|Figure 1. From CBC website|
Nevertheless, since winning gold is rarely, if ever, a reliable source of income I figured these cash prizes were a form of saving face for the countries themselves and less so for rewarding athletes. It's as if to say "look, we don't shortchange our athletes, at least if they are winning". I wondered if there was a correlation between the prize money and the general wealth of these countries per capita. Hence I took the figure 1 prize values and plotted them against GDP.
|Figure 2: Olympic prize money compared with GDP per capita wealth per country|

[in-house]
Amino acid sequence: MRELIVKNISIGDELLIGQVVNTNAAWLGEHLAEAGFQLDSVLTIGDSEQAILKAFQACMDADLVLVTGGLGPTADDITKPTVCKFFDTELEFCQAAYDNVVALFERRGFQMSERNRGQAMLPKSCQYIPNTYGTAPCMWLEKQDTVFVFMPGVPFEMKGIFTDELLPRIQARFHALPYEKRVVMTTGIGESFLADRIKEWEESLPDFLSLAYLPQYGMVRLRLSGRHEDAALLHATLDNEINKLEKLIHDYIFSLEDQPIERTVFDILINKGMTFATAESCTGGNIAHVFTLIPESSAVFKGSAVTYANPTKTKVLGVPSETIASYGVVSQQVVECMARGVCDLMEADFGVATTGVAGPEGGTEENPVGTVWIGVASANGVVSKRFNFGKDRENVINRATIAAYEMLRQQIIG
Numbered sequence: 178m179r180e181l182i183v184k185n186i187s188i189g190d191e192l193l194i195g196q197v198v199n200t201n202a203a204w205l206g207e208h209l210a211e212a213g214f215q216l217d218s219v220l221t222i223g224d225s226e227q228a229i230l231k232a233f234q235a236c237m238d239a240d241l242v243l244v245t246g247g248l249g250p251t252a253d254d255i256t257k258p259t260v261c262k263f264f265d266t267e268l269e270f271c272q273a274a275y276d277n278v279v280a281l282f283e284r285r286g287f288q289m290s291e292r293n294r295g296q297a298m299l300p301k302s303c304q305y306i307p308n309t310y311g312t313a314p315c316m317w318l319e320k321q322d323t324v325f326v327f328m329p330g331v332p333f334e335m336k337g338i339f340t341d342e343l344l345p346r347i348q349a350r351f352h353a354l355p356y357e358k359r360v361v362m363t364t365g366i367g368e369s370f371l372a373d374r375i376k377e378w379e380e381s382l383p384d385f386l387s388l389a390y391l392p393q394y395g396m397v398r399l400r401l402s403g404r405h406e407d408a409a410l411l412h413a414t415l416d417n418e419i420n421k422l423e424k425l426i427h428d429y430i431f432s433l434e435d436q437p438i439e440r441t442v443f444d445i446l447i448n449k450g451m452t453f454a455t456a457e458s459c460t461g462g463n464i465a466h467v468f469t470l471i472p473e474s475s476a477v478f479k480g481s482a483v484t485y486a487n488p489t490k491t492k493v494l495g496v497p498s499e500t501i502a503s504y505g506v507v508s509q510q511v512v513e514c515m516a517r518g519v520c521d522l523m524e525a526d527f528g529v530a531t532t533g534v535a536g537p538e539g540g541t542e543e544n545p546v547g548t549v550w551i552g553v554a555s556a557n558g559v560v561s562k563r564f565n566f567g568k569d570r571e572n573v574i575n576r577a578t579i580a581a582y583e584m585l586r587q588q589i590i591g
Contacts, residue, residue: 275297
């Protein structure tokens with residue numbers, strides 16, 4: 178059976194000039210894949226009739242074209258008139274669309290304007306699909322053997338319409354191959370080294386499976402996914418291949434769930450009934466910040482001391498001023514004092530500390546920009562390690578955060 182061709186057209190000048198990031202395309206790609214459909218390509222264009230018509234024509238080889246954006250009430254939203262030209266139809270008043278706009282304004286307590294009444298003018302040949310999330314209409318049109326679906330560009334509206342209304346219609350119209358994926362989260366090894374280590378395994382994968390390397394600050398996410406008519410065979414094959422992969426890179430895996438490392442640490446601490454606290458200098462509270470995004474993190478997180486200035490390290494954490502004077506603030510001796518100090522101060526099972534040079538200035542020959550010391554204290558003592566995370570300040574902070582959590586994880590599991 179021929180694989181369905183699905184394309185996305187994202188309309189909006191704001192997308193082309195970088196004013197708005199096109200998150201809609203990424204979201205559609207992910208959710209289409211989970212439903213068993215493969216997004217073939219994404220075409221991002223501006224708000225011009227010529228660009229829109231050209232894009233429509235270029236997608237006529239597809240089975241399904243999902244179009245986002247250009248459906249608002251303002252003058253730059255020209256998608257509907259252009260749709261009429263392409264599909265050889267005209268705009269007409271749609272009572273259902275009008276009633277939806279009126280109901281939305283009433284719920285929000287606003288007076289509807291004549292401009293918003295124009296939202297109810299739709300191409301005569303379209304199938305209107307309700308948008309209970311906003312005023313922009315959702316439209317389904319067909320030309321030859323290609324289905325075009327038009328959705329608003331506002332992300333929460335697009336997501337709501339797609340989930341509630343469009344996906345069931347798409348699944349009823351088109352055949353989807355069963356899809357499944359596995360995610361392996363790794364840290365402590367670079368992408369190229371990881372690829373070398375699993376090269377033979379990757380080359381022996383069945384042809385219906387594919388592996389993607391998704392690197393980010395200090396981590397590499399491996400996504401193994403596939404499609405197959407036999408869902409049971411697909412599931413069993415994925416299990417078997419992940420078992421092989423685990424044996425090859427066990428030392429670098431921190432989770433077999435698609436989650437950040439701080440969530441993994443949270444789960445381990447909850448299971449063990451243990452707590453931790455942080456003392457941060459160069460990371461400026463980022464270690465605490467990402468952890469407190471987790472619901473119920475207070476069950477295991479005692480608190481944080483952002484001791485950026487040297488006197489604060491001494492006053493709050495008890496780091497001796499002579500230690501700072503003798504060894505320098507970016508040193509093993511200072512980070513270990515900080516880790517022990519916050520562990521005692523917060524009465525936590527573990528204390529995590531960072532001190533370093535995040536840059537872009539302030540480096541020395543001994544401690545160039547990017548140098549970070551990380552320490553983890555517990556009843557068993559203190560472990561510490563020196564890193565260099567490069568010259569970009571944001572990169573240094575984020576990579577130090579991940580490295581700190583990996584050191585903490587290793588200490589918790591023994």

There is a deeper significance to the negative correlation in figure 2. Wealthier countries can potentially afford larger medal prizes than poorer ones. And poorer countries don't win enough medals for these payouts to be a significant cash drain. Hence the absolute money given out to athletes is rather arbitrary. Canada pays out $20,000 per gold medal. This is a pittance when you consider the years of effort required to earn one. An annual graduate stipend in a canadian science program is more than 20 grand, which is also small, and there are a lot more graduate students than Olympics athletes in Canada. The majority of legitimate money comes from sponsorship deals like commercials and public appearances for talks. Is this a good point in favour of capitalism in amateur sports? I need to look into this a little deeper.